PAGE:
Activity-based protein profiling guided identification of urine proteinase 3 activity in subclinical rejection after renal transplantation

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Navarrete, Mario
Korkmaz, Brice
Guarino, Carla
Lesner, Adam
Lao, Ying
Ho, Julie
Nickerson, Peter
Wilkins, John A
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Abstract Background The pathophysiology of subclinical versus clinical rejection remains incompletely understood given their equivalent histological severity but discordant graft function. The goal was to evaluate serine hydrolase enzyme activities to explore if there were any underlying differences in activities during subclinical versus clinical rejection. Methods Serine hydrolase activity-based protein profiling (ABPP) was performed on the urines of a case control cohort of patients with biopsy confirmed subclinical or clinical transplant rejection. In-gel analysis and affinity purification with mass spectrometry were used to demonstrate and identify active serine hydrolase activity. An assay for proteinase 3 (PR3/PRTN3) was adapted for the quantitation of activity in urine. Results In-gel ABPP profiles suggested increased intensity and diversity of serine hydrolase activities in urine from patients undergoing subclinical versus clinical rejection. Serine hydrolases (n = 30) were identified by mass spectrometry in subclinical and clinical rejection patients with 4 non-overlapping candidates between the two groups (i.e. ABHD14B, LTF, PR3/PRTN3 and PRSS12). Western blot and the use of a specific inhibitor confirmed the presence of active PR3/PRTN3 in samples from patients undergoing subclinical rejection. Analysis of samples from normal donors or from several serial post-transplant urines indicated that although PR3/PRTN3 activity may be highly associated with low-grade subclinical inflammation, the enzyme activity was not restricted to this patient group. Conclusions There appear to be limited qualitative and quantitative differences in serine hydrolase activity in patients with subclinical versus clinical renal transplant rejection. The majority of enzymes identified were present in samples from both groups implying that in-gel quantitative differences may largely relate to the activity status of shared enzymes. However qualitative compositional differences were also observed indicating differential activities. The PR3/PRTN3 analyses indicate that the activity status of urine in transplant patients is dynamic possibly reflecting changes in the underlying processes in the transplant. These data suggest that differential serine hydrolase pathways may be active in subclinical versus clinical rejection which requires further exploration in larger patient cohorts. Although this study focused on PR3/PRTN3, this does not preclude the possibility that other enzymes may play critical roles in the rejection process.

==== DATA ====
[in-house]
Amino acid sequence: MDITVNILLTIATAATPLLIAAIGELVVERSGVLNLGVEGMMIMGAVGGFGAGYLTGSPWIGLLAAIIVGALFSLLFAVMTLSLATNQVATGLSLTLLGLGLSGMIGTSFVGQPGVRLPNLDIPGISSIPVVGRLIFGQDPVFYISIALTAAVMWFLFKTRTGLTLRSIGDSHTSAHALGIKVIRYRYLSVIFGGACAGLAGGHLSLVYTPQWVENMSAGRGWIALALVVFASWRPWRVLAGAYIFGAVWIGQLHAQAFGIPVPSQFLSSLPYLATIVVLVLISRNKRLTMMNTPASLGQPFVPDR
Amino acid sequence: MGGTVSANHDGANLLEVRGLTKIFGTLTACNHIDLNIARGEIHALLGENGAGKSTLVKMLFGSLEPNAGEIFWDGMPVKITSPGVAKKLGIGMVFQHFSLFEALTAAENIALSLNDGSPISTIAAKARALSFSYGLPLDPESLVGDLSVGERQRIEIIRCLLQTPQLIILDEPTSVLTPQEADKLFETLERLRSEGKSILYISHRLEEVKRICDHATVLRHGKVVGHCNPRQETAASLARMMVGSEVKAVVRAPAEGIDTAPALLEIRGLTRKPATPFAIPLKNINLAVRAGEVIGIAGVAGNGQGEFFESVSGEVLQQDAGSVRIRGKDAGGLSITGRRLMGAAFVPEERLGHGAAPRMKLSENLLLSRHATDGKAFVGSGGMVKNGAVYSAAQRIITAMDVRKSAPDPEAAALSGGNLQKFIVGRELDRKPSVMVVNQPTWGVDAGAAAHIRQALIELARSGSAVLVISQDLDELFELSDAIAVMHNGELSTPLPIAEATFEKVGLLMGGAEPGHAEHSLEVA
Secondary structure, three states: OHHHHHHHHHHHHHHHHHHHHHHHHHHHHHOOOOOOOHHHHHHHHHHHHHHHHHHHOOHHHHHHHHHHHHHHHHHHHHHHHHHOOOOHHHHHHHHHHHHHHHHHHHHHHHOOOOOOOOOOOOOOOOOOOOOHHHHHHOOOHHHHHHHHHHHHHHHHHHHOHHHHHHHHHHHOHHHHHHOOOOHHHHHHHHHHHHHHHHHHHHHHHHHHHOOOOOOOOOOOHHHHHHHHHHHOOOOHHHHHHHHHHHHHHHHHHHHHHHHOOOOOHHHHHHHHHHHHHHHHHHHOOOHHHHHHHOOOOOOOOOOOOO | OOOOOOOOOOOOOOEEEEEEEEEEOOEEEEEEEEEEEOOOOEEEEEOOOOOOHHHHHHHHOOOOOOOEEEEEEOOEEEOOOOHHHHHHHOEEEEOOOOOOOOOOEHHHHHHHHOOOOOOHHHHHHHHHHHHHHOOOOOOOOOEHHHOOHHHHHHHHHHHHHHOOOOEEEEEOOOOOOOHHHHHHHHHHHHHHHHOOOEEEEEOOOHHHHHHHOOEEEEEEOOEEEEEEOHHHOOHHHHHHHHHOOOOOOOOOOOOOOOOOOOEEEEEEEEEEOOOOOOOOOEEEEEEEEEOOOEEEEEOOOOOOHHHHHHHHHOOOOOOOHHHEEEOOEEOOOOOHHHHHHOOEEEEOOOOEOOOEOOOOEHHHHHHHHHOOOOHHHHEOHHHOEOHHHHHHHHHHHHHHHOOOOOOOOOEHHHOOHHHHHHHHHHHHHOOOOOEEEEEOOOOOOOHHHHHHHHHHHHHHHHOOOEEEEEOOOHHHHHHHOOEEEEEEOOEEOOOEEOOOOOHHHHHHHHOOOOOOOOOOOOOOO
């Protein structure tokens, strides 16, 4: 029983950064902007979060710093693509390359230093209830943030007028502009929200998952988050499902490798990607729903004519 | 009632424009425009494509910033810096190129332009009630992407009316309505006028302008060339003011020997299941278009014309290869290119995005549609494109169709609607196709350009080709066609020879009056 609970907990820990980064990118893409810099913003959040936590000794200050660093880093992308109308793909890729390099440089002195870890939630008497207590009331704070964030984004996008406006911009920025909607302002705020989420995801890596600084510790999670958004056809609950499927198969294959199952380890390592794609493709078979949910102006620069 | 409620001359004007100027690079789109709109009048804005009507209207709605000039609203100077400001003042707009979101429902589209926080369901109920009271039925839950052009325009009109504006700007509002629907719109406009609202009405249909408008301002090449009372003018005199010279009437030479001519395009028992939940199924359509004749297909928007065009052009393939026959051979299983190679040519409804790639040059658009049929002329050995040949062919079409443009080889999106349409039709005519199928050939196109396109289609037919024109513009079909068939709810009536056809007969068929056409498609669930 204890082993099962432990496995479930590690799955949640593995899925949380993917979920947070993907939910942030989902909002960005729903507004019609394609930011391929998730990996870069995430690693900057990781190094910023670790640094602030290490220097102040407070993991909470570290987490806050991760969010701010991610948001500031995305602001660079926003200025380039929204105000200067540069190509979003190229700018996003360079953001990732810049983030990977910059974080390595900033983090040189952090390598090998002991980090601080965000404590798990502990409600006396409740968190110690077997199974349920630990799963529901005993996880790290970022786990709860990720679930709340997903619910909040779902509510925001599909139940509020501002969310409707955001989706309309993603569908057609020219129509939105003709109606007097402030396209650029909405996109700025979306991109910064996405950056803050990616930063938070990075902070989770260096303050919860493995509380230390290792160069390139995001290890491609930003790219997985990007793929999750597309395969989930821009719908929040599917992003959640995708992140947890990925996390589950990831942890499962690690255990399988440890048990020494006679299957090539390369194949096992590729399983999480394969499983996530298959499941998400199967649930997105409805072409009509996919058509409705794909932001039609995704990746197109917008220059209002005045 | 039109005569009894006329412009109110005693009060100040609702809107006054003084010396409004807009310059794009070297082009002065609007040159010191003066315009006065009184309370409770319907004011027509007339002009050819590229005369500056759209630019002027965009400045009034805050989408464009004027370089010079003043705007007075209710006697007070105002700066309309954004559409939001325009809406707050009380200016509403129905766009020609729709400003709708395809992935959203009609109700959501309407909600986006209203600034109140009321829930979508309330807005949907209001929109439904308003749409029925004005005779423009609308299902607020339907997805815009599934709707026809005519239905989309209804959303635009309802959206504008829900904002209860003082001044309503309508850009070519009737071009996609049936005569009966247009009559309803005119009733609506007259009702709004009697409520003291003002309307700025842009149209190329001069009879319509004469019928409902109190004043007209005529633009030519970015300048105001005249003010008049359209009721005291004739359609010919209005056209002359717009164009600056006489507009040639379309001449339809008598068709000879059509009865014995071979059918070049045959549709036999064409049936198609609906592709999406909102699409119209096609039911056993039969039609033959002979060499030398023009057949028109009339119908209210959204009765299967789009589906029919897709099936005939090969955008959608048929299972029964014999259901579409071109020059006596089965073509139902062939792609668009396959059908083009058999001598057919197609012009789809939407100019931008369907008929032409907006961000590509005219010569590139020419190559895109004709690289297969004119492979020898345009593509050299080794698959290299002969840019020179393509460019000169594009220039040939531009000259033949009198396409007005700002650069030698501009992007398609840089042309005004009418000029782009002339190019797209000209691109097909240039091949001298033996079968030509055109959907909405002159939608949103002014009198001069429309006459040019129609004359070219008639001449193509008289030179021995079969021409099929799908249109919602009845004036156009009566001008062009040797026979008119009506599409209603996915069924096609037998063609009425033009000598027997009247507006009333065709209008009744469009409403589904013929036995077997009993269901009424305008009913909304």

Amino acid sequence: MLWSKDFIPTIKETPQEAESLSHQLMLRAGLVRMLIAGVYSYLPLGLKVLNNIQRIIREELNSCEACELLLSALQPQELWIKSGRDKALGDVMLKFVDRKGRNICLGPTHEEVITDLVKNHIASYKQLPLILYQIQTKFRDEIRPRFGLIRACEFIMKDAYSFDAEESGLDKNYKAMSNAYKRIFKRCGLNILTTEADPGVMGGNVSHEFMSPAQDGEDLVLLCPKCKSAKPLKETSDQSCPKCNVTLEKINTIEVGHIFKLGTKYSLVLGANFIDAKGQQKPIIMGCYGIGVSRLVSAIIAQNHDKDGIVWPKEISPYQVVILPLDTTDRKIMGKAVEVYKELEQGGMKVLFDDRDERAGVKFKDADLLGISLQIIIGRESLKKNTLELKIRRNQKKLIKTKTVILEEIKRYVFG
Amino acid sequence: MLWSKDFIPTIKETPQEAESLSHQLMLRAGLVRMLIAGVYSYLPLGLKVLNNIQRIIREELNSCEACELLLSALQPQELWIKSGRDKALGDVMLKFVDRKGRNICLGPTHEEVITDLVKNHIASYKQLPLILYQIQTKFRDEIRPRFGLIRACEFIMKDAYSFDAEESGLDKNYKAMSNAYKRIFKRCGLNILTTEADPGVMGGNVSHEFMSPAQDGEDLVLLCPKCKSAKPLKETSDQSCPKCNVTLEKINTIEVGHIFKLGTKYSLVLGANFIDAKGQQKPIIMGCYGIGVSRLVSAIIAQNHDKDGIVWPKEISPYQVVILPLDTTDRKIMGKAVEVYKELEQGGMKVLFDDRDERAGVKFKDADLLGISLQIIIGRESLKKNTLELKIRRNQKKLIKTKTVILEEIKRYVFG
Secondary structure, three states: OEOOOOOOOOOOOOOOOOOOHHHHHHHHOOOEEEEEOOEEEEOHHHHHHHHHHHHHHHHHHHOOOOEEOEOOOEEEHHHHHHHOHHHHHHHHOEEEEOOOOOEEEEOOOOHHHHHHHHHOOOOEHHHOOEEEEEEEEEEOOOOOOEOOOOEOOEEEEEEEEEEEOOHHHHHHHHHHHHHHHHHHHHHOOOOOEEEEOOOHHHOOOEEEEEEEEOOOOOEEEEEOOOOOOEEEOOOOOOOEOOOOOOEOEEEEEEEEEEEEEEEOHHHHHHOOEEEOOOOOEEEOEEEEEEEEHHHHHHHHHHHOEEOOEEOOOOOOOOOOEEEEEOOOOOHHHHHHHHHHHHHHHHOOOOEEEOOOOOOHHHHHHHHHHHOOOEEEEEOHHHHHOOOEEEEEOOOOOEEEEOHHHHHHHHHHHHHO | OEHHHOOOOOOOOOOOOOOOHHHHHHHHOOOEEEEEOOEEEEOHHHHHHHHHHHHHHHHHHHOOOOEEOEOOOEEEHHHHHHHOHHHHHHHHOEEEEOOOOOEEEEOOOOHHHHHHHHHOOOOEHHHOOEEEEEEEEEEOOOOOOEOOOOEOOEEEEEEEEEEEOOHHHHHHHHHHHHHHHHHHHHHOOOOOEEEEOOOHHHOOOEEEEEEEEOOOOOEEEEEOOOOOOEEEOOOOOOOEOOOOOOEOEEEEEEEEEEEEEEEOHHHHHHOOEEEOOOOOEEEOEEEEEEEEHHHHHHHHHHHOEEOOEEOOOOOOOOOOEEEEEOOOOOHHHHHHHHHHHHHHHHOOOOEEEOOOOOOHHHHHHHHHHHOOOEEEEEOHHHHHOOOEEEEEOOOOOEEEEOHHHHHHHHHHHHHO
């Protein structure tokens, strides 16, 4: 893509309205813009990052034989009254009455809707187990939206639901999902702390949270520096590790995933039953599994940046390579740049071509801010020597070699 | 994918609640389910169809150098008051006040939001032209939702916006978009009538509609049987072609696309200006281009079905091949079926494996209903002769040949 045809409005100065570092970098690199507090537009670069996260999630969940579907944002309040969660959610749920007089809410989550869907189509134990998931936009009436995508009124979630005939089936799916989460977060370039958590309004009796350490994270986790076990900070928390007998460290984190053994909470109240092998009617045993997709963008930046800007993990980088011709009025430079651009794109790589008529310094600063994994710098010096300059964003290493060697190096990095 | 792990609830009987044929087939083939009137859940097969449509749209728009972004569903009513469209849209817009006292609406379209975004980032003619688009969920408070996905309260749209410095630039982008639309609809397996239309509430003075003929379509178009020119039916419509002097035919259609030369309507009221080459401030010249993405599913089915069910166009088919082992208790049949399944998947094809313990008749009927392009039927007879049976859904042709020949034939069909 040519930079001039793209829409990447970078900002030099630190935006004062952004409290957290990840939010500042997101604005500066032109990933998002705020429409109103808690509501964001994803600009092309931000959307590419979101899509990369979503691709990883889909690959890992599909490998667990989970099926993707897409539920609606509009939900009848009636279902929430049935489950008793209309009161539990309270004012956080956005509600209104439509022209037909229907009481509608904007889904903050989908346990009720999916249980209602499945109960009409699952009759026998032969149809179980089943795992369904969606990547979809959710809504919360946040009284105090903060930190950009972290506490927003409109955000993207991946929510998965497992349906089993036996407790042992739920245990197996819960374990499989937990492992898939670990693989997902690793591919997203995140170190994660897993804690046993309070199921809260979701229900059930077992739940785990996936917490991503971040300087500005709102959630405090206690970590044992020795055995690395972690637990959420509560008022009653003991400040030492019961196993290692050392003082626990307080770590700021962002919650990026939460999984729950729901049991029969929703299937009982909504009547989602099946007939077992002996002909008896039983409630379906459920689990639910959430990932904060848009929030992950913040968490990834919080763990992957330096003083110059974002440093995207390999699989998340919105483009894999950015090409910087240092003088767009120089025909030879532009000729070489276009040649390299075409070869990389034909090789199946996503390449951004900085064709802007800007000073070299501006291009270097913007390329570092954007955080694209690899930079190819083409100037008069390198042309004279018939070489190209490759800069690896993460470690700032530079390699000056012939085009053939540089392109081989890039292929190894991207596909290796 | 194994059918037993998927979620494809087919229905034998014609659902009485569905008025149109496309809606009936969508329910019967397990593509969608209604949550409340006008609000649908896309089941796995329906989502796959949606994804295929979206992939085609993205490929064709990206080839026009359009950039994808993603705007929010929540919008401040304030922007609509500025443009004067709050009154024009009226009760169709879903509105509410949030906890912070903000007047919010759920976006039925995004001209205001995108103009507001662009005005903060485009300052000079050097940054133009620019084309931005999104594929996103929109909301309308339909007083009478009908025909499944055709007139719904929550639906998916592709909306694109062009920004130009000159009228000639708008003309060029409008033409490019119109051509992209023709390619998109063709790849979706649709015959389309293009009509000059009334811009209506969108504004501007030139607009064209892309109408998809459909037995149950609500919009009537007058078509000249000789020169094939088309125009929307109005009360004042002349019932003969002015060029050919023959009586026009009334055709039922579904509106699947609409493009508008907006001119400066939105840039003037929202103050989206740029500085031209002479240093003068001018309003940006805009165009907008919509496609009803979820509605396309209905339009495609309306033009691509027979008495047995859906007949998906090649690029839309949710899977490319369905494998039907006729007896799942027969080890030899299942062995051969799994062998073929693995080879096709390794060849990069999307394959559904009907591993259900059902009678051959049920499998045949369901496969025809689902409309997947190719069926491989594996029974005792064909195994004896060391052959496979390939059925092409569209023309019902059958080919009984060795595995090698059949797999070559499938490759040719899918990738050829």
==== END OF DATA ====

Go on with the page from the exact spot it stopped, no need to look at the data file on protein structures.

Clinical Proteomics. 2020 Jun 16;17(1):23